I've used the web browser Firefox since the beginning. It's still the only browser I use, be it on Linux, Android, FreeBSD, Windows, iOS, or Mac. Frankly, I don't understand why a serious web developer would use any other web browser.
I know Chrome is the leader in market share, but doesn't Google control enough of the internet? Furthermore, doesn't it seem like one should interact with the web via free and open-source software rather than proprietary software from the world's biggest advertising company (who are also tracking their users)? Whenever someone projects his or her laptop screen running Chrome, all I can think is, Now I have to watch this noob? It's insufferable. It's impossible not to judge someone for it.
But that's not why I wrote this article. My brand loyalty for Firefox is unlikely to change anyone's mind. Instead, I'm writing this article because I wanted to share that browsing the web is better with dozens of tabs open. Additionally, creating bookmarks for interesting web pages is a great way to return to them later (it's the star icon in Firefox, Chrome, and Edge).
This must sound obvious to nearly everyone reading this article, but it wasn't to me. I previously thought keeping many tabs open would reduce my computer's performance. Maybe this was once the case, but it's not anymore. I've kept at least a dozen tabs open most of the time on my laptop and Android phone for weeks, if not months, without any noticeable reduction in performance. I'm not even shutting down my computer (though I should, since shutting down computers at night is good for their hardware). As for bookmarks, I didn't use them because I thought they would clutter my browser.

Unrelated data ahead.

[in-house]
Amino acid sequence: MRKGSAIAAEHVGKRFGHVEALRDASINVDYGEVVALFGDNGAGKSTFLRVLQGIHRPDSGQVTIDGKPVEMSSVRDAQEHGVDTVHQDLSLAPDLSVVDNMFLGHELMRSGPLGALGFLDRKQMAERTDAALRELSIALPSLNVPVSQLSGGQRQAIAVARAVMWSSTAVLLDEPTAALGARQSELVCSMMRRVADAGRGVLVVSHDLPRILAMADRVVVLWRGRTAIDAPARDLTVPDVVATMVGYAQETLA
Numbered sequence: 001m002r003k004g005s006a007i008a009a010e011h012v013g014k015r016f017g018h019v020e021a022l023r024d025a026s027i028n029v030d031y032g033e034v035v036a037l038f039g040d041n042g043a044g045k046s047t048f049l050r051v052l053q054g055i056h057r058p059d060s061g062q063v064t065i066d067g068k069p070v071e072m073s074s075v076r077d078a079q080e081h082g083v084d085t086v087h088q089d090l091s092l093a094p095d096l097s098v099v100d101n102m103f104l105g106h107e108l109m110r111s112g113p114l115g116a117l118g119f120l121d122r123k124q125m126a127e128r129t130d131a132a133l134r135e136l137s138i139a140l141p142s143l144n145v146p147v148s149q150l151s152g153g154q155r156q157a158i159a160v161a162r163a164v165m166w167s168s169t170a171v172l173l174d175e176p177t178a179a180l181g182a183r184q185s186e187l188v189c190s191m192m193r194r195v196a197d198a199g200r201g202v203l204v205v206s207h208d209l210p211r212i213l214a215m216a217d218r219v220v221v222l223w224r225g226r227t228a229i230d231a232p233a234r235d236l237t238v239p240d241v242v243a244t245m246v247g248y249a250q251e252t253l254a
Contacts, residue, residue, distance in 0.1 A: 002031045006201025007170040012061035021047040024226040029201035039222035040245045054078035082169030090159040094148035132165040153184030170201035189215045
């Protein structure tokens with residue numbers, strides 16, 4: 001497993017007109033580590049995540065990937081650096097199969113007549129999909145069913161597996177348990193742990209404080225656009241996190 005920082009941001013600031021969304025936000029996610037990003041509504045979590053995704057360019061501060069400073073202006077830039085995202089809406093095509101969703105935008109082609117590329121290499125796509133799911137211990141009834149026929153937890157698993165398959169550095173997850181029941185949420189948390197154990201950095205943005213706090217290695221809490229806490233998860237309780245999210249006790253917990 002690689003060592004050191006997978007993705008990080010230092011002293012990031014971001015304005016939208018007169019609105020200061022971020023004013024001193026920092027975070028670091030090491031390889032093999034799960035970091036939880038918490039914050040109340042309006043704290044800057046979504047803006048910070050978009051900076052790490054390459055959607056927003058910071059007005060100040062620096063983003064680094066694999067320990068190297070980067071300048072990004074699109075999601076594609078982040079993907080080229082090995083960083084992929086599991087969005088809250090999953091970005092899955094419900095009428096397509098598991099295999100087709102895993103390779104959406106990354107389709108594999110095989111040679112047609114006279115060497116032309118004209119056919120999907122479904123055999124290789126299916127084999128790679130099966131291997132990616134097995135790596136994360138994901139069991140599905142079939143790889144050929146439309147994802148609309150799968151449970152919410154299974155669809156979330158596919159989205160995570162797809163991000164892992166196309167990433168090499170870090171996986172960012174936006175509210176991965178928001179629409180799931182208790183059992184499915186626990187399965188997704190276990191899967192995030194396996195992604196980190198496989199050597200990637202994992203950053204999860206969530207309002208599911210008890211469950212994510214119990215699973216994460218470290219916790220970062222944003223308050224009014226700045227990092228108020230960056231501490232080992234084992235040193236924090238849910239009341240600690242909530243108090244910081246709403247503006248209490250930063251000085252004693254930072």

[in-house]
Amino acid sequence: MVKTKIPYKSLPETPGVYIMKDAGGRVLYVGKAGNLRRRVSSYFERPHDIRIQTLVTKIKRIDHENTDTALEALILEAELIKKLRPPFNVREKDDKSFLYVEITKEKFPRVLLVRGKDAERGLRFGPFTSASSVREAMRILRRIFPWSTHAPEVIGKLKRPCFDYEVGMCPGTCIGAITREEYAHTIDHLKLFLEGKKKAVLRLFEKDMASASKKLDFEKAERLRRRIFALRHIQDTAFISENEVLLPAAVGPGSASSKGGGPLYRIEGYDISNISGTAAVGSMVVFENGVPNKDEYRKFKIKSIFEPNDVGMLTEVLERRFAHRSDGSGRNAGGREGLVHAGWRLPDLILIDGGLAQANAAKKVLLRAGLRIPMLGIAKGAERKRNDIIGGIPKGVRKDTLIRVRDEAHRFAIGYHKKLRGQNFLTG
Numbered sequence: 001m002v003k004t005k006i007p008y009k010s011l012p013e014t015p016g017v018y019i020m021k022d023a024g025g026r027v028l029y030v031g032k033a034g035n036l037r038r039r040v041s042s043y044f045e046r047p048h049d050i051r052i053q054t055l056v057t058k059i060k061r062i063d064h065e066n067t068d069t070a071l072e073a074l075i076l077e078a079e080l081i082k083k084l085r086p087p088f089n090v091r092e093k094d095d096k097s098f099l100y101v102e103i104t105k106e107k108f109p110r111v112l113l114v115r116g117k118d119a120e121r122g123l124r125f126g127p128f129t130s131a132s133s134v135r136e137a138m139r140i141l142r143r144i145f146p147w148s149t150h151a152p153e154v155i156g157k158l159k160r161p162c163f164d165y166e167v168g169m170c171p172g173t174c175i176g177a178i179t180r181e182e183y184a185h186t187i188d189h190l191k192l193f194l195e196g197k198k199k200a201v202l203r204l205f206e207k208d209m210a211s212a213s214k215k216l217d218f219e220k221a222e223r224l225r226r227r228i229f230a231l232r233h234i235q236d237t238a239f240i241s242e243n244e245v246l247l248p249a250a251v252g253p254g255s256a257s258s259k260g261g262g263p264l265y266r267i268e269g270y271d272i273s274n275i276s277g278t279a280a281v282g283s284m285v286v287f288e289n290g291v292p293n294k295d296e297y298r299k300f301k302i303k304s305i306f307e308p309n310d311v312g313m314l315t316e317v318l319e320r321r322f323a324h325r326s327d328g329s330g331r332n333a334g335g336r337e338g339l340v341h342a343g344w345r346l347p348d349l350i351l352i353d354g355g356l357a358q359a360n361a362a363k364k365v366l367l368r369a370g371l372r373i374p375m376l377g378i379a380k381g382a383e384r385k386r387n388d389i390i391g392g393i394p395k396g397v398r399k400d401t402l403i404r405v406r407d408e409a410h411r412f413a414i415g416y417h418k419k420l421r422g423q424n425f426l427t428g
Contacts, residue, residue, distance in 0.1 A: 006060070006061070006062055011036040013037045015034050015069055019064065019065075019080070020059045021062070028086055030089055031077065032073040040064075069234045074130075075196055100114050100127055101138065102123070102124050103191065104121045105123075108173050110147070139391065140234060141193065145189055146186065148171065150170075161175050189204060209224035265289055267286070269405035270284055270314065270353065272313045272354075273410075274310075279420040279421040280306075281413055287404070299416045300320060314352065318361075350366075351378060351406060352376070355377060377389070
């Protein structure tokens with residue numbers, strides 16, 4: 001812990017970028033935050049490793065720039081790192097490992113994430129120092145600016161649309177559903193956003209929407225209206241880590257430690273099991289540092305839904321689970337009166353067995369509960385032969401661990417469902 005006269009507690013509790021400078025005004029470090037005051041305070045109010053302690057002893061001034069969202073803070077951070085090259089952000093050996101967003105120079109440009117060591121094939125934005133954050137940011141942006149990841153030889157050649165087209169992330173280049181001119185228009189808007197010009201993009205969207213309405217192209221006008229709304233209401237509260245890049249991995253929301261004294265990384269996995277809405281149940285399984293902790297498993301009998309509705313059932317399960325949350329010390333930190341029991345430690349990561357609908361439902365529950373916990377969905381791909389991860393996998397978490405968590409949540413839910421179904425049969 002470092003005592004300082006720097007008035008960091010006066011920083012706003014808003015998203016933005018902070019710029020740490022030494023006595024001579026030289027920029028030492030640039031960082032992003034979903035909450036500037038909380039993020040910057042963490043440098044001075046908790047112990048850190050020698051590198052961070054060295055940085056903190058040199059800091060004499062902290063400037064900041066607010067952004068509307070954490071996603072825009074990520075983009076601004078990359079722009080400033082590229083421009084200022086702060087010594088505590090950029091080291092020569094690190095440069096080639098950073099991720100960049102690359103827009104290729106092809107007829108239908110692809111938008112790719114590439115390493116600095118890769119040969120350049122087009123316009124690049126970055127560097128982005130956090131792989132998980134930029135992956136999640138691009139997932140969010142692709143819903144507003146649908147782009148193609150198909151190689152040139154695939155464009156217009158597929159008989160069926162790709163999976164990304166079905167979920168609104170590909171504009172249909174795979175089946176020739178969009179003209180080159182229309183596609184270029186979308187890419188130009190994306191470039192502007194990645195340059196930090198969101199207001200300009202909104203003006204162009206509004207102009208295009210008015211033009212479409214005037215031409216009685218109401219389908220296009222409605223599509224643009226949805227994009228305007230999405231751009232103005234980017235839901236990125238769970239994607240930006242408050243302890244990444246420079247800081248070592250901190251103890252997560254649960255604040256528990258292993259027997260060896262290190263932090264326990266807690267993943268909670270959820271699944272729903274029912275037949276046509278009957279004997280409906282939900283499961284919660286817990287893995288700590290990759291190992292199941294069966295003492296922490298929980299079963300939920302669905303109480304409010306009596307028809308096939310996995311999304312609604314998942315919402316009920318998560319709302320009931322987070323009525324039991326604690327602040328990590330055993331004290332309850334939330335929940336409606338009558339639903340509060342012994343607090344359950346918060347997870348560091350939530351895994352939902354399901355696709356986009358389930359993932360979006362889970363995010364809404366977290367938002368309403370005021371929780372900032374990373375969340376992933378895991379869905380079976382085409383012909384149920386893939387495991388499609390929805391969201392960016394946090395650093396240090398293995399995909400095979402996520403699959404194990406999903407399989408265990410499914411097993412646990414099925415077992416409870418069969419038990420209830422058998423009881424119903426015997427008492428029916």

What tabs one decides to leave open is a personal choice, but here are what I have open at all times: my music library, my webmail accounts, my fitness tracker, my diet tracker, my weather forecast, my word processor, and my database for this blog, which I am currently editing. The rest of my tabs are articles or web pages I've started reading but haven't finished. On the other hand, I generally use bookmarks for websites, blogs, articles, or social media accounts I find interesting and want to return to later.
The reasons for my recent change in browsing habits are threefold: going down rabbit holes (initially on Wikipedia and later on other websites), having reignited enthusiasm and intellectual curiosity, and self-prescribing bed rest as a way to cure hemorrhoids.
While I think keeping many tabs open promotes engagement, going forward it might be best to limit the number of tabs I have open and instead use bookmarks for content I wish to revisit. The point isn't so much that one should keep dozens of tabs open as it is that one can — and, often, to one's benefit.
So start heading down rabbit holes and creating endless tabs and bookmarks. For inspiration, start by finding articles on Wikipedia about recent questions, thoughts, or ideas. The web was designed for visiting links, and it's a much richer experience without self-imposed restrictions.
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